Onychomycosis is the most common toenail disease but treatment remains difficult due to the potential side effects associated with oral antifungal medication, and the high cost and lower efficacy of newer topical antifungal agents. Tea tree oil may offer a cost-effective alternative to commonly used topical antifungal drugs. Additionally, further research is needed to examine whether tea tree oil can enhance the penetration of antifungal medication into the nail plate and may provide a synergistic effect with topical antifungal drugs in the treatment of onychomycosis.

References

1.      Low WL, Kenward K, Britland ST, Amin MC, Martin C. Essential oils and metal ions as alternative antimicrobial agents: a focus on tea tree oil and silver. Int Wound J. 2016; epub May 5.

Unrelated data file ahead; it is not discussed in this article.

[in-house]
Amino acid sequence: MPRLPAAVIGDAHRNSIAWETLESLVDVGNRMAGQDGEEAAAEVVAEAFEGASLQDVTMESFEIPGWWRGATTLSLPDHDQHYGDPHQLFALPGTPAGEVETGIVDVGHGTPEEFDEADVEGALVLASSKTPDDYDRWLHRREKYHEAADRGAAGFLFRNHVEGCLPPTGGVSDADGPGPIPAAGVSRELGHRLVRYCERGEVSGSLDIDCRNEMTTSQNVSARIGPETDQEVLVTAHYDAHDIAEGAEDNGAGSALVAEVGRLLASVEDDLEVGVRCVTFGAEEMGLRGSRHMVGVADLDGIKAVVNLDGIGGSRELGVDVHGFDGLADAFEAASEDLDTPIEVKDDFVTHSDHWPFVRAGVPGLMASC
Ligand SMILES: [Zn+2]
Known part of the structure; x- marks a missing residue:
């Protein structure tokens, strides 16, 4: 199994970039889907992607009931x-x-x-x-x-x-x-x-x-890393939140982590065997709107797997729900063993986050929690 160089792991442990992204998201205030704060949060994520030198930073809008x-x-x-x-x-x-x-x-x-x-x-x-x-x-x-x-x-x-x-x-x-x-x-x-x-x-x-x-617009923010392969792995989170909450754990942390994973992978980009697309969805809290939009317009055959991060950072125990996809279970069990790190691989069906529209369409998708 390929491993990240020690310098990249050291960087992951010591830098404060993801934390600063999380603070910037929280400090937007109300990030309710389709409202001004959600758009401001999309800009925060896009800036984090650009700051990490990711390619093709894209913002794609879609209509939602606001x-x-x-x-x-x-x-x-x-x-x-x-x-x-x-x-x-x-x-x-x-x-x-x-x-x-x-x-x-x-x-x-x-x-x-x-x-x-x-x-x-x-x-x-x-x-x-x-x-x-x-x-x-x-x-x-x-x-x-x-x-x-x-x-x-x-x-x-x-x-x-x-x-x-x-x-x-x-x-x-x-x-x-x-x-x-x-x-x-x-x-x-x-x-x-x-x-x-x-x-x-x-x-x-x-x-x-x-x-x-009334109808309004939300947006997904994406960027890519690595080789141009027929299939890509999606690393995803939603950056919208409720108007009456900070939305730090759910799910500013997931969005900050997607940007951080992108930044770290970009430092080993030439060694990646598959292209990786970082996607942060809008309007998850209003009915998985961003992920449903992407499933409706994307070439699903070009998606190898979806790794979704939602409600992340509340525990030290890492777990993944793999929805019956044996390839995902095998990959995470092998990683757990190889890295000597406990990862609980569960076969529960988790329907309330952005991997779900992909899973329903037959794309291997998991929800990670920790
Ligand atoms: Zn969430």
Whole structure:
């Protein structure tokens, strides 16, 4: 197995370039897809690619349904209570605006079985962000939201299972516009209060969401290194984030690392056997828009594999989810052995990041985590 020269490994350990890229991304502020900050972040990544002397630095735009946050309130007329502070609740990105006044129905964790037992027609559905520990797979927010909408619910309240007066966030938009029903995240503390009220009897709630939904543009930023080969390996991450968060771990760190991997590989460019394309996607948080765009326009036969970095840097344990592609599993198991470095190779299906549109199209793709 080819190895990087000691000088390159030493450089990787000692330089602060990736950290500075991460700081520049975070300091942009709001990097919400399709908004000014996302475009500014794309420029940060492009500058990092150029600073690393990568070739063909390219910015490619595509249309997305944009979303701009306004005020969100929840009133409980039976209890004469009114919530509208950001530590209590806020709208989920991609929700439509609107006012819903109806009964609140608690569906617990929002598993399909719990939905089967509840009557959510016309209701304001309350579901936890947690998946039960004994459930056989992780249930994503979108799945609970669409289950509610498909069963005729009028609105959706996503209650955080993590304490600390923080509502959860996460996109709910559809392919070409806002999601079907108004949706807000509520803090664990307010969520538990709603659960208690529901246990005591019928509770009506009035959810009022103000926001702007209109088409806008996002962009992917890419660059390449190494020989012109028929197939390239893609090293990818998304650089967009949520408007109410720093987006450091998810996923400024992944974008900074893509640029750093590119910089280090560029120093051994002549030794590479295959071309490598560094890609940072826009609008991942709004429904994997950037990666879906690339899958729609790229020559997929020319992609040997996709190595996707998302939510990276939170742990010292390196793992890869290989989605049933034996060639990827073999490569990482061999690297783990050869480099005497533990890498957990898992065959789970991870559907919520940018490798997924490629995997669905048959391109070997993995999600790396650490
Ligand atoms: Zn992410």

2.      Cowan MM. Plant products as antimicrobial agents. Clin Microbiol Rev. 1999;12(4):564-582.

3.      Hammer KA, Carson CF, Riley TV. Antifungal activity of the components of Melaleuca alternifolia (tea tree) oil. J Appl Microbiol. 2003;95(4):853-860.

4.      Hammer KA, Carson CF, Riley TV. Antifungal effects of Melaleuca alternifolia (tea tree) oil and its components on Candida albicans, Candida glabrata and Saccharomyces cerevisiaeJ Antimircob Chemother. 2004;53(6):1081-1085.

5.      Ramage G, Milligan S, Lappin DF, et al. Antifungal, cytotoxic, and immunomodulatory properties of tea tree oil and its derivative components: potential role in management of oral candidosis in cancer patients. Front Microbiol. 2012;3:220.